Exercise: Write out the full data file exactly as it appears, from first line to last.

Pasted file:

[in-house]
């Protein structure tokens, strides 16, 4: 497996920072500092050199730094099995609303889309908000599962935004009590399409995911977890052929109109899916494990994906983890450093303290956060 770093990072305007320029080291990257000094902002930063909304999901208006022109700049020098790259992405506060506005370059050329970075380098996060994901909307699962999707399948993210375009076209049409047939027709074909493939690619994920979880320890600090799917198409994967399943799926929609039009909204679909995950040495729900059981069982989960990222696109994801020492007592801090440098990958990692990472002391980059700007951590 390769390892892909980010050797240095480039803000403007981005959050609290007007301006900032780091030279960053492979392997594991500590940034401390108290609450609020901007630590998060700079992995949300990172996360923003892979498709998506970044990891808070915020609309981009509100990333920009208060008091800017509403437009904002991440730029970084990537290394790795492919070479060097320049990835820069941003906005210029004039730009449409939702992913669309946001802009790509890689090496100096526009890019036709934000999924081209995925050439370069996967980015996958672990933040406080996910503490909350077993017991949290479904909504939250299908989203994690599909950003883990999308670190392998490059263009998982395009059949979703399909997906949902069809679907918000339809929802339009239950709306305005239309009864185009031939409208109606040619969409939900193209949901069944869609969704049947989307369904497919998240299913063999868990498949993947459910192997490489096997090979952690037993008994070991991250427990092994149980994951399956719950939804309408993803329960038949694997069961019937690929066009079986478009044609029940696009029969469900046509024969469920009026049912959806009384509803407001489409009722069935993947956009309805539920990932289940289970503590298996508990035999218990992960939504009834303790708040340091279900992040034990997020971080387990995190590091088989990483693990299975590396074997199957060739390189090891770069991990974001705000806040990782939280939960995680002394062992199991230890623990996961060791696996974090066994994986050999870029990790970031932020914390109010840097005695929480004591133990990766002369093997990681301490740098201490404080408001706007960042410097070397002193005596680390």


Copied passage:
[in-house]
């Protein structure tokens, strides 16, 4: 497996920072500092050199730094099995609303889309908000599962935004009590399409995911977890052929109109899916494990994906983890450093303290956060 770093990072305007320029080291990257000094902002930063909304999901208006022109700049020098790259992405506060506005370059050329970075380098996060994901909307699962999707399948993210375009076209049409047939027709074909493939690619994920979880320890600090799917198409994967399943799926929609039009909204679909995950040495729900059981069982989960990222696109994801020492007592801090440098990958990692990472002391980059700007951590 390769390892892909980010050797240095480039803000403007981005959050609290007007301006900032780091030279960053492979392997594991500590940034401390108290609450609020901007630590998060700079992995949300990172996360923003892979498709998506970044990891808070915020609309981009509100990333920009208060008091800017509403437009904002991440730029970084990537290394790795492919070479060097320049990835820069941003906005210029004039730009449409939702992913669309946001802009790509890689090496100096526009890019036709934000999924081209995925050439370069996967980015996958672990933040406080996910503490909350077993017991949290479904909504939250299908989203994690599909950003883990999308670190392998490059263009998982395009059949979703399909997906949902069809679907918000339809929802339009239950709306305005239309009864185009031939409208109606040619969409939900193209949901069944869609969704049947989307369904497919998240299913063999868990498949993947459910192997490489096997090979952690037993008994070991991250427990092994149980994951399956719950939804309408993803329960038949694997069961019937690929066009079986478009044609029940696009029969469900046509024969469920009026049912959806009384509803407001489409009722069935993947956009309805539920990932289940289970503590298996508990035999218990992960939504009834303790708040340091279900992040034990997020971080387990995190590091088989990483693990299975590396074997199957060739390189090891770069991990974001705000806040990782939280939960995680002394062992199991230890623990996961060791696996974090066994994986050999870029990790970031932020914390109010840097005695929480004591133990990766002369093997990681301490740098201490404080408001706007960042410097070397002193005596680390």